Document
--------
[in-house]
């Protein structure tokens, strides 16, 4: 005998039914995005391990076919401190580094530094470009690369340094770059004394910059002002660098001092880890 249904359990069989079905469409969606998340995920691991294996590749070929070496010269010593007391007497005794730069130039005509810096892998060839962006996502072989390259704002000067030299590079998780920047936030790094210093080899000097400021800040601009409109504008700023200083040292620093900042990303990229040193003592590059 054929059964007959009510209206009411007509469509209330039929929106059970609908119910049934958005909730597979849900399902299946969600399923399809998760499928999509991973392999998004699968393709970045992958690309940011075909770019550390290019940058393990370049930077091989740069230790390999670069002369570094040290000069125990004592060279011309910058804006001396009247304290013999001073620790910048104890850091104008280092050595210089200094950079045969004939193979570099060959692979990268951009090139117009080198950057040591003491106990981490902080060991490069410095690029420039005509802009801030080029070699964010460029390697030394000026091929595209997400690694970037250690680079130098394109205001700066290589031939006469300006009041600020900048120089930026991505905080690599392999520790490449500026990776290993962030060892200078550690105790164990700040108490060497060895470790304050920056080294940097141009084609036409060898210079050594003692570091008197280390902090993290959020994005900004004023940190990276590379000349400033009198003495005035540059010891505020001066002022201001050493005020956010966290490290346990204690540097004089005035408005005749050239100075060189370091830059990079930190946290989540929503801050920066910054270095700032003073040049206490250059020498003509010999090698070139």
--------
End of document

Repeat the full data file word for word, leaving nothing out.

[in-house]
């Protein structure tokens, strides 16, 4: 005998039914995005391990076919401190580094530094470009690369340094770059004394910059002002660098001092880890 249904359990069989079905469409969606998340995920691991294996590749070929070496010269010593007391007497005794730069130039005509810096892998060839962006996502072989390259704002000067030299590079998780920047936030790094210093080899000097400021800040601009409109504008700023200083040292620093900042990303990229040193003592590059 054929059964007959009510209206009411007509469509209330039929929106059970609908119910049934958005909730597979849900399902299946969600399923399809998760499928999509991973392999998004699968393709970045992958690309940011075909770019550390290019940058393990370049930077091989740069230790390999670069002369570094040290000069125990004592060279011309910058804006001396009247304290013999001073620790910048104890850091104008280092050595210089200094950079045969004939193979570099060959692979990268951009090139117009080198950057040591003491106990981490902080060991490069410095690029420039005509802009801030080029070699964010460029390697030394000026091929595209997400690694970037250690680079130098394109205001700066290589031939006469300006009041600020900048120089930026991505905080690599392999520790490449500026990776290993962030060892200078550690105790164990700040108490060497060895470790304050920056080294940097141009084609036409060898210079050594003692570091008197280390902090993290959020994005900004004023940190990276590379000349400033009198003495005035540059010891505020001066002022201001050493005020956010966290490290346990204690540097004089005035408005005749050239100075060189370091830059990079930190946290989540929503801050920066910054270095700032003073040049206490250059020498003509010999090698070139």